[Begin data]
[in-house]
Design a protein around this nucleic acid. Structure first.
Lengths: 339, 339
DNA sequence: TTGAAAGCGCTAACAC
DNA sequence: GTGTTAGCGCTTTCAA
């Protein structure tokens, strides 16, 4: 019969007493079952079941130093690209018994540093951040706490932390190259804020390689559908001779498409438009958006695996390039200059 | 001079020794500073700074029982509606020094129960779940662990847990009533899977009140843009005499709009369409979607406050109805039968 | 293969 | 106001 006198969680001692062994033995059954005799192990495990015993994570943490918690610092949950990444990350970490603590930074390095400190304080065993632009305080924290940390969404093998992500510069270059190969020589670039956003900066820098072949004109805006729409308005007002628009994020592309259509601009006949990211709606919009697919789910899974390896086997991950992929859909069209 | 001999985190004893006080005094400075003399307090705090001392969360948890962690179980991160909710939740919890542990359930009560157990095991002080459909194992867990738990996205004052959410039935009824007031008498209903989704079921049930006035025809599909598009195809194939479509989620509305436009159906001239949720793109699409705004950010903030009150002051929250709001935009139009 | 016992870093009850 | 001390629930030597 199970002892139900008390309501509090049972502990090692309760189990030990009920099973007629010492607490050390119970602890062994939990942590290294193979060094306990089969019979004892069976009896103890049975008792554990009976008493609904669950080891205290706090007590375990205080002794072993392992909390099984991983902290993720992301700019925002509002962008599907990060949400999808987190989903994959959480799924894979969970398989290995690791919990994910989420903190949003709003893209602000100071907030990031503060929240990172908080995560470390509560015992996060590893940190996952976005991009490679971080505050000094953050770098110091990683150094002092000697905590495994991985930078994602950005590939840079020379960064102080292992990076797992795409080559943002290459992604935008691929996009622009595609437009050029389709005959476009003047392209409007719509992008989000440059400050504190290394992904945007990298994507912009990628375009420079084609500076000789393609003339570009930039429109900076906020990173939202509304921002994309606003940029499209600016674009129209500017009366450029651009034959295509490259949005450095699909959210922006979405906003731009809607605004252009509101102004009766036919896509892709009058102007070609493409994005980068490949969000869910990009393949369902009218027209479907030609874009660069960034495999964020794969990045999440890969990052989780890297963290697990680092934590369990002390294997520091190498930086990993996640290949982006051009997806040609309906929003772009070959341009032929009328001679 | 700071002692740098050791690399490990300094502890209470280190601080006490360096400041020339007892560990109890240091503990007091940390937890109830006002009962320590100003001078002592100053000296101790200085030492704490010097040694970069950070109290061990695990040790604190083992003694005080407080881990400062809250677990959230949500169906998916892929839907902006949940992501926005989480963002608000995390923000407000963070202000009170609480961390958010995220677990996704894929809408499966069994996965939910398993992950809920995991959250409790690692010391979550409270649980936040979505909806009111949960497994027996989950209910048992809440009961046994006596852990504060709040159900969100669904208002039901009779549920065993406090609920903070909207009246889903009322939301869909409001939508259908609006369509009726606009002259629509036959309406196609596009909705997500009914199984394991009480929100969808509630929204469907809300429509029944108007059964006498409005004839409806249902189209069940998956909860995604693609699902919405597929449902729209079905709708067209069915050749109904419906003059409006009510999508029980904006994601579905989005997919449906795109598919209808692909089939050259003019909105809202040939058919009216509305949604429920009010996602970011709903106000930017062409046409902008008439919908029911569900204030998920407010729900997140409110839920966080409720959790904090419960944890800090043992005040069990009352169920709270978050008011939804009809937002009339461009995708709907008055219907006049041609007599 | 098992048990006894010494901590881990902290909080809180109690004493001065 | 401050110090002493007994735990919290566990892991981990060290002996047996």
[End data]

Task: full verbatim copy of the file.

[in-house]
Design a protein around this nucleic acid. Structure first.
Lengths: 339, 339
DNA sequence: TTGAAAGCGCTAACAC
DNA sequence: GTGTTAGCGCTTTCAA
């Protein structure tokens, strides 16, 4: 019969007493079952079941130093690209018994540093951040706490932390190259804020390689559908001779498409438009958006695996390039200059 | 001079020794500073700074029982509606020094129960779940662990847990009533899977009140843009005499709009369409979607406050109805039968 | 293969 | 106001 006198969680001692062994033995059954005799192990495990015993994570943490918690610092949950990444990350970490603590930074390095400190304080065993632009305080924290940390969404093998992500510069270059190969020589670039956003900066820098072949004109805006729409308005007002628009994020592309259509601009006949990211709606919009697919789910899974390896086997991950992929859909069209 | 001999985190004893006080005094400075003399307090705090001392969360948890962690179980991160909710939740919890542990359930009560157990095991002080459909194992867990738990996205004052959410039935009824007031008498209903989704079921049930006035025809599909598009195809194939479509989620509305436009159906001239949720793109699409705004950010903030009150002051929250709001935009139009 | 016992870093009850 | 001390629930030597 199970002892139900008390309501509090049972502990090692309760189990030990009920099973007629010492607490050390119970602890062994939990942590290294193979060094306990089969019979004892069976009896103890049975008792554990009976008493609904669950080891205290706090007590375990205080002794072993392992909390099984991983902290993720992301700019925002509002962008599907990060949400999808987190989903994959959480799924894979969970398989290995690791919990994910989420903190949003709003893209602000100071907030990031503060929240990172908080995560470390509560015992996060590893940190996952976005991009490679971080505050000094953050770098110091990683150094002092000697905590495994991985930078994602950005590939840079020379960064102080292992990076797992795409080559943002290459992604935008691929996009622009595609437009050029389709005959476009003047392209409007719509992008989000440059400050504190290394992904945007990298994507912009990628375009420079084609500076000789393609003339570009930039429109900076906020990173939202509304921002994309606003940029499209600016674009129209500017009366450029651009034959295509490259949005450095699909959210922006979405906003731009809607605004252009509101102004009766036919896509892709009058102007070609493409994005980068490949969000869910990009393949369902009218027209479907030609874009660069960034495999964020794969990045999440890969990052989780890297963290697990680092934590369990002390294997520091190498930086990993996640290949982006051009997806040609309906929003772009070959341009032929009328001679 | 700071002692740098050791690399490990300094502890209470280190601080006490360096400041020339007892560990109890240091503990007091940390937890109830006002009962320590100003001078002592100053000296101790200085030492704490010097040694970069950070109290061990695990040790604190083992003694005080407080881990400062809250677990959230949500169906998916892929839907902006949940992501926005989480963002608000995390923000407000963070202000009170609480961390958010995220677990996704894929809408499966069994996965939910398993992950809920995991959250409790690692010391979550409270649980936040979505909806009111949960497994027996989950209910048992809440009961046994006596852990504060709040159900969100669904208002039901009779549920065993406090609920903070909207009246889903009322939301869909409001939508259908609006369509009726606009002259629509036959309406196609596009909705997500009914199984394991009480929100969808509630929204469907809300429509029944108007059964006498409005004839409806249902189209069940998956909860995604693609699902919405597929449902729209079905709708067209069915050749109904419906003059409006009510999508029980904006994601579905989005997919449906795109598919209808692909089939050259003019909105809202040939058919009216509305949604429920009010996602970011709903106000930017062409046409902008008439919908029911569900204030998920407010729900997140409110839920966080409720959790904090419960944890800090043992005040069990009352169920709270978050008011939804009809937002009339461009995708709907008055219907006049041609007599 | 098992048990006894010494901590881990902290909080809180109690004493001065 | 401050110090002493007994735990919290566990892991981990060290002996047996």